By: Diana Petschauer and Dr. Luis Pérez
Interwoven throughout the newly reauthorized version of the Elementary and Secondary Education Act (ESSA) are references to an instructional strategy supporters think has enormous potential for reaching all learners, including those with diverse needs. ESSA defines Universal Design for Learning (UDL) as a scientifically valid framework for guiding educational practice that — (A) provides flexibility in the ways information is presented, students respond or demonstrate knowledge and skills, and students are engaged; (B) reduces barriers in instruction, provides appropriate accommodations, supports and challenges, while maintaining high achievement expectations for all students, including students with disabilities and students who are limited English proficient.
The law also calls for states to create plans for comprehensive literacy instruction and to incorporate UDL principles in those plans. ESSA states that federal money can be used for technology that supports these strategies. UDL is for any and all learners— but how do you include your diverse students and those with disabilities? Assistive Technology (AT) makes UDL possible!
AT has the potential to foster engagement, provide access and personalize learning. Students attend and respond with varied learning preferences plus personalized methods allow them to process information, engage in a learning activity, interact with the learning environment and express their knowledge in ways that accommodate their variability. With the ever-changing nature of technology and advancements in communication and learning tools, educators often feel as though they are underprepared in regards to the most effective way to support all students including those struggling with literacy and access on varied devices.
After first issuing 1:1 iPads, laptops and Chromebooks, many schools are now implementing BYOD (Bring Your Own Device) programs that provide more choice for educators and learners. Some are “Going Google” with Chromebooks and Google Apps for Education (GAFE). How do you support diverse learners on all devices, using free and low cost apps & AT solutions?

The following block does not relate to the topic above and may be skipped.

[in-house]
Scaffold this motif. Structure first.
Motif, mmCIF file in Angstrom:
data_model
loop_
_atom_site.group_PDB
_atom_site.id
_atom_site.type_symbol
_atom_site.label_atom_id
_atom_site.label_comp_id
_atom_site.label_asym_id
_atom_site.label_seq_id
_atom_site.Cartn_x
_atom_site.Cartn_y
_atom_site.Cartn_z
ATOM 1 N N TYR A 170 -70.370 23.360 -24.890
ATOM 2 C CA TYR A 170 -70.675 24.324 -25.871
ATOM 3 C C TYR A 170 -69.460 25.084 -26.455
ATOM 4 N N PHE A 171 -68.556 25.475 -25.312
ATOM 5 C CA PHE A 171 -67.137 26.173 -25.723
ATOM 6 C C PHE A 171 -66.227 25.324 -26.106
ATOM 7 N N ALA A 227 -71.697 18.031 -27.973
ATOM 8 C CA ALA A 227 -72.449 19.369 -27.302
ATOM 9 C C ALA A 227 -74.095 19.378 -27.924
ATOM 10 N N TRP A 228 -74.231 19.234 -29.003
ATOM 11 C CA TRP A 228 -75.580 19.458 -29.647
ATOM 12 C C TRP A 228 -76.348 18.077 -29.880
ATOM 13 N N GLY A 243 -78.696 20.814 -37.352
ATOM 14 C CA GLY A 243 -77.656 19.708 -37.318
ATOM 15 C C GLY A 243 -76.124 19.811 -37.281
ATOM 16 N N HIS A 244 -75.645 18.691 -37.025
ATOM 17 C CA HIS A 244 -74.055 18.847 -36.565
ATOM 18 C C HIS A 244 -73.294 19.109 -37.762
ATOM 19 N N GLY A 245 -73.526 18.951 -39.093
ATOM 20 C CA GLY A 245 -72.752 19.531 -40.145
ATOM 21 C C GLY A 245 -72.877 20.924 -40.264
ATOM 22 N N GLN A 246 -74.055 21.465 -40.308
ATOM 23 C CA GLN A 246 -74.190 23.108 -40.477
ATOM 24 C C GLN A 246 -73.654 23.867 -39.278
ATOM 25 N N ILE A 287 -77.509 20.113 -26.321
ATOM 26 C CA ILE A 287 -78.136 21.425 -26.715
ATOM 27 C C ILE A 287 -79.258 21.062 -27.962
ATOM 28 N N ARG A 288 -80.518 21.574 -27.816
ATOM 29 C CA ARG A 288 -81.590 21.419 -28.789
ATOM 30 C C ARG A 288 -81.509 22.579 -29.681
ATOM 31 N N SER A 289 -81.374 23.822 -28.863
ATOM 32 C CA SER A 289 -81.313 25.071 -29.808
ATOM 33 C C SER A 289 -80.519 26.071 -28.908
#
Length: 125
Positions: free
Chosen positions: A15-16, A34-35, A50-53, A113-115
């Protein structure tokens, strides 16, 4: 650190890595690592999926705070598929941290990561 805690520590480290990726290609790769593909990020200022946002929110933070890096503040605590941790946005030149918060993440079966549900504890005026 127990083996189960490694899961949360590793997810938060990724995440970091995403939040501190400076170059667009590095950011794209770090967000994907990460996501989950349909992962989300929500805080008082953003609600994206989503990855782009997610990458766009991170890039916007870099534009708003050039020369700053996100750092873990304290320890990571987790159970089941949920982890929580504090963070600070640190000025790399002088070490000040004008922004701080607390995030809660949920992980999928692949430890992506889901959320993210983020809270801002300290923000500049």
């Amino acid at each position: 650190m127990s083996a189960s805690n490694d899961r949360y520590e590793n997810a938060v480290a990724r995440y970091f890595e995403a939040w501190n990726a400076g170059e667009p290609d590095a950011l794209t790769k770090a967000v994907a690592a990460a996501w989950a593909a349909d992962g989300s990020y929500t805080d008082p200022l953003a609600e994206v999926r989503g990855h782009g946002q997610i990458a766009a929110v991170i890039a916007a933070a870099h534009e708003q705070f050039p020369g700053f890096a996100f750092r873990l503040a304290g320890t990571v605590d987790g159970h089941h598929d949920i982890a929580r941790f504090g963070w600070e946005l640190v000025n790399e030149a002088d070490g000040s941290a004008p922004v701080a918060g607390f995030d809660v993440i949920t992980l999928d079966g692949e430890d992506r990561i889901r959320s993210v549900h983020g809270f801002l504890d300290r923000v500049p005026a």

Join the Future of Education Technology Conference 2017 workshop How to Engage and Include Diverse Learners on All Devices Across Curricula. In the informative and engaging workshop, Diana Petschauer, ATP and Dr. Luis Pérez, will feature hands-on demonstrations and activities for attendees interested in building the bridge to learning through technology. They will teach a number of built-in accessibility features. Plus provide as a number of free and low cost apps, extensions, add-ons and web resources to support students with literacy and executive function as well as math. The presenters will also show how to access textbooks and learning materials such as handouts and worksheets, research and study skills and completing assignments using technology. AT and app solutions to support students with learning disabilities including dyslexia, physical and sensory disabilities, and difficulties with executive functioning, literacy and math will also be discussed. Attendees will receive a powerful toolkit for fostering access and success across all platforms, devices and subjects!
About the Authors:
Diana Petschauer, M.Ed., ATP is a RESNA certified Assistive Technology Professional and founder of AT for Education (ATforED.com). Diana has more than 20 years of experience in Special Education & Assistive Technology, preK-12, Postsecondary and adult services. She presents nationally & internationally including at conferences such as FETC, ATCNE, Closing the Gap, CSUN, ACTEM, ATIA & ARATA. Diana is a faculty trainer for the Center on Technology and Disability (ctdinstitute.org) as well as ATinNH at the UNH Institute on Disability. Diana manages her multi-disciplinary team of consultants who provide AT & AAC evaluations, training & accessibility services for students and adults to access education, the workplace & community.
Dr. Luis Pérez is an inclusive learning consultant based in St. Petersburg, Florida. He has more than a decade of experience working with educators to help them integrate technology in ways that empower all learners. Luis holds a doctorate in special education and a master’s degree in instructional technology from the University of South Florida, and he is the author of Mobile Learning for All: Supporting Accessibility with the iPad, from Corwin Press. Luis was selected as an Apple Distinguished Educator (ADE) in 2009, as a Google in Education Certified Innovator (formerly Google Certified Teacher) in 2014. His work has appeared in publications such as Teaching Exceptional Children, Closing the Gap Solutions, THE Journal and The Loop Magazine. Luis has presented at national and international conferences such as South by Southwest EDU, CSUN and Closing the Gap.